Fisheries and Oceans biologists gave a frightened humpback whale room to swim alongside their boat as they carefully cut away at crab gear that had hogtied the massive animal from its tail to its mouth off Haida Gwaii.
“It’s awe-inspiring when you see them, and when you get that close, you have to be so careful,” said Fisheries and Oceans Canada’s Marine Mammal co-ordinator Paul Cottrell.
The young whale was spotted late last month off Haida Gwaii tied up in fishing lines that Cottrell estimates it had been dragging for weeks. According to rescuers, the line had cut into the animal so tightly it was unable to feed.
“For several, several weeks because when we removed the gear, the animal was still in a crescent shape. It didn’t straighten out,” said Cottrell.
It’s the second humpback freed from fishing gear in B.C. waters in 2023.
The first was hogtied in lines off Port Hardy in January. Cottrell said it’s likely an indication of the so-called ‘Humpback comeback’ here, as the species rebounds after whaling wiped their numbers out a century ago.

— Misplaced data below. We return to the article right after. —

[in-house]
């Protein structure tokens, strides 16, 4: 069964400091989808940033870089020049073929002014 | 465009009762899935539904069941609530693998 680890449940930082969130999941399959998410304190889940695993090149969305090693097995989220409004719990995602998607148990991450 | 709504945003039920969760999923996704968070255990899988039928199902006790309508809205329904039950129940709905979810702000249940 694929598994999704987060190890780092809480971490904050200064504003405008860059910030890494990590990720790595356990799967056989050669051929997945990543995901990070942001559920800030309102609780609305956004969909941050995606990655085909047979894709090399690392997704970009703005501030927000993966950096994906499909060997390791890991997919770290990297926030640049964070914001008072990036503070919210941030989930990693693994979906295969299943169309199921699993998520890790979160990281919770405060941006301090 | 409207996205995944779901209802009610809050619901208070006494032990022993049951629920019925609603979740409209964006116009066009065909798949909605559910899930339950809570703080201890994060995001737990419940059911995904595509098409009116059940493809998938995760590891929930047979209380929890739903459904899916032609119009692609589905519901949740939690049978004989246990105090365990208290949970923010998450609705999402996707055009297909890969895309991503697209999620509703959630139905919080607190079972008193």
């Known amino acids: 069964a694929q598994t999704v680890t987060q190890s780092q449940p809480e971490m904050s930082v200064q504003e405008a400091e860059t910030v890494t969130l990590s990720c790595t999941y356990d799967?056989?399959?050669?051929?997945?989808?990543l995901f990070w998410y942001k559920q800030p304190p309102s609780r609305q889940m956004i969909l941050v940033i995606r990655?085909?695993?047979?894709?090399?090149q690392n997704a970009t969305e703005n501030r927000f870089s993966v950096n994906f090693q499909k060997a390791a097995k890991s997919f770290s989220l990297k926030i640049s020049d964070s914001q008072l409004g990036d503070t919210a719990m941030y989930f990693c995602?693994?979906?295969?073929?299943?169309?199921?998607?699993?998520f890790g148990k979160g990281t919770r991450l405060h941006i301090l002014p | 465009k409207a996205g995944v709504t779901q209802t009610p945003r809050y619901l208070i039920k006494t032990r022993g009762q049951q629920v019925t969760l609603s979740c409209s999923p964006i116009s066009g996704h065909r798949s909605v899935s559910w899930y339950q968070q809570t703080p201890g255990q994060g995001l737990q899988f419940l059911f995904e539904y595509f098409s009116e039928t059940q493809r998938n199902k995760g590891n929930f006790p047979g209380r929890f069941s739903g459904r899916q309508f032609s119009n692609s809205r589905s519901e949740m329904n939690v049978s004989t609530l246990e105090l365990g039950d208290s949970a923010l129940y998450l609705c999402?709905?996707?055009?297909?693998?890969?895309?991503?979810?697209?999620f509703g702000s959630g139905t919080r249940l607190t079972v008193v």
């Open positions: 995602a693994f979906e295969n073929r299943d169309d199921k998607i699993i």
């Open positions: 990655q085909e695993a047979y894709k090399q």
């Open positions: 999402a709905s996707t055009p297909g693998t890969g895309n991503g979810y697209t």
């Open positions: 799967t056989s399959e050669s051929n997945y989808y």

“It could be a record year at this rate,” said Cottrell.
So far, both rescues have proved successful, and in video of the Haida Gwaii entanglement, rescuers can be heard cheering as the last line is cut away from the whale.
“It felt very good to just get all that gear off and see it swim off. And it did show a burst of energy … and knowing that this animal almost certainly would have died if we hadn’t been able to get that gear off. So we’ve given it that chance with removing that line,” said Cottrell.
So rescuers are urging people who spot an entanglement to call the B.C. Marine Mammal Response Network hotline at 1-800-465-4336.
The young whale released from gear near Haida Gwaii is still being tracked by Fisheries and Oceans Canada two weeks since its rescue, and rescuers are hopeful for its full recovery.